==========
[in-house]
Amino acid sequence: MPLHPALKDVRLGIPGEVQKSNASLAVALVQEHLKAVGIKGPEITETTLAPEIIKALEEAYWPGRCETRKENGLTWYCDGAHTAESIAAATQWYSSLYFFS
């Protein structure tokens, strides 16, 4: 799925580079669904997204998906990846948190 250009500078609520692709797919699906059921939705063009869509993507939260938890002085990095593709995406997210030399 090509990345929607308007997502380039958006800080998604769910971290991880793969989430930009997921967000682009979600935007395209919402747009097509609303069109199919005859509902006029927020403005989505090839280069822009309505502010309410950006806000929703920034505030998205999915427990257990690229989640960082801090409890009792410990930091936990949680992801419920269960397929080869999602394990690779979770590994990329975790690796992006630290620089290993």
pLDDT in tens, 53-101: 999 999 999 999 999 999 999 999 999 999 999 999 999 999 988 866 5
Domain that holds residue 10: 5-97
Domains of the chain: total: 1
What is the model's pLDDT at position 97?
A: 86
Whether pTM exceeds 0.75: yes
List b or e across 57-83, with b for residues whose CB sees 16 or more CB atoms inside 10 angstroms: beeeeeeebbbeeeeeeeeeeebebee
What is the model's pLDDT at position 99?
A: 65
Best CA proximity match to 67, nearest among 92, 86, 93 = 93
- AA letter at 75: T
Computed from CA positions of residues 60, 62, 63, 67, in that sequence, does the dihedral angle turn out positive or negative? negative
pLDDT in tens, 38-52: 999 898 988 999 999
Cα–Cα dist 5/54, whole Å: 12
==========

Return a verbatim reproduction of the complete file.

[in-house]
Amino acid sequence: MPLHPALKDVRLGIPGEVQKSNASLAVALVQEHLKAVGIKGPEITETTLAPEIIKALEEAYWPGRCETRKENGLTWYCDGAHTAESIAAATQWYSSLYFFS
């Protein structure tokens, strides 16, 4: 799925580079669904997204998906990846948190 250009500078609520692709797919699906059921939705063009869509993507939260938890002085990095593709995406997210030399 090509990345929607308007997502380039958006800080998604769910971290991880793969989430930009997921967000682009979600935007395209919402747009097509609303069109199919005859509902006029927020403005989505090839280069822009309505502010309410950006806000929703920034505030998205999915427990257990690229989640960082801090409890009792410990930091936990949680992801419920269960397929080869999602394990690779979770590994990329975790690796992006630290620089290993």
pLDDT in tens, 53-101: 999 999 999 999 999 999 999 999 999 999 999 999 999 999 988 866 5
Domain that holds residue 10: 5-97
Domains of the chain: total: 1
What is the model's pLDDT at position 97?
A: 86
Whether pTM exceeds 0.75: yes
List b or e across 57-83, with b for residues whose CB sees 16 or more CB atoms inside 10 angstroms: beeeeeeebbbeeeeeeeeeeebebee
What is the model's pLDDT at position 99?
A: 65
Best CA proximity match to 67, nearest among 92, 86, 93 = 93
- AA letter at 75: T
Computed from CA positions of residues 60, 62, 63, 67, in that sequence, does the dihedral angle turn out positive or negative? negative
pLDDT in tens, 38-52: 999 898 988 999 999
Cα–Cα dist 5/54, whole Å: 12